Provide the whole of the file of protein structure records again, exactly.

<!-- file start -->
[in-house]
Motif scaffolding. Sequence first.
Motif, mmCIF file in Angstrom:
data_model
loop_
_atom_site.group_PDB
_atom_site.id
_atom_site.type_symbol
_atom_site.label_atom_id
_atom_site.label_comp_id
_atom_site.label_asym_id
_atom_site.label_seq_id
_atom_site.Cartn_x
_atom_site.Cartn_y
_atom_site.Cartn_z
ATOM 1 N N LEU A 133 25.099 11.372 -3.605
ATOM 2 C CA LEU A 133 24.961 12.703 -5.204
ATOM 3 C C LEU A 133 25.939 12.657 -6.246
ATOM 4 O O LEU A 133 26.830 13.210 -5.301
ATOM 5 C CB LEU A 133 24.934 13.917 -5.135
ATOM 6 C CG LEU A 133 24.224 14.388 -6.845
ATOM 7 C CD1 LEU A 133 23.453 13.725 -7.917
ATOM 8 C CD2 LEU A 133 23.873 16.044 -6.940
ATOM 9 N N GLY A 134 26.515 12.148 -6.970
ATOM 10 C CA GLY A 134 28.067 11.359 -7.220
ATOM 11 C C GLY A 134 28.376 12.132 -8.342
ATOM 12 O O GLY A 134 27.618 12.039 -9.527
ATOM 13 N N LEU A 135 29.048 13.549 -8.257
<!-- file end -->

[in-house]
Motif scaffolding. Sequence first.
Motif, mmCIF file in Angstrom:
data_model
loop_
_atom_site.group_PDB
_atom_site.id
_atom_site.type_symbol
_atom_site.label_atom_id
_atom_site.label_comp_id
_atom_site.label_asym_id
_atom_site.label_seq_id
_atom_site.Cartn_x
_atom_site.Cartn_y
_atom_site.Cartn_z
ATOM 1 N N LEU A 133 25.099 11.372 -3.605
ATOM 2 C CA LEU A 133 24.961 12.703 -5.204
ATOM 3 C C LEU A 133 25.939 12.657 -6.246
ATOM 4 O O LEU A 133 26.830 13.210 -5.301
ATOM 5 C CB LEU A 133 24.934 13.917 -5.135
ATOM 6 C CG LEU A 133 24.224 14.388 -6.845
ATOM 7 C CD1 LEU A 133 23.453 13.725 -7.917
ATOM 8 C CD2 LEU A 133 23.873 16.044 -6.940
ATOM 9 N N GLY A 134 26.515 12.148 -6.970
ATOM 10 C CA GLY A 134 28.067 11.359 -7.220
ATOM 11 C C GLY A 134 28.376 12.132 -8.342
ATOM 12 O O GLY A 134 27.618 12.039 -9.527
ATOM 13 N N LEU A 135 29.048 13.549 -8.257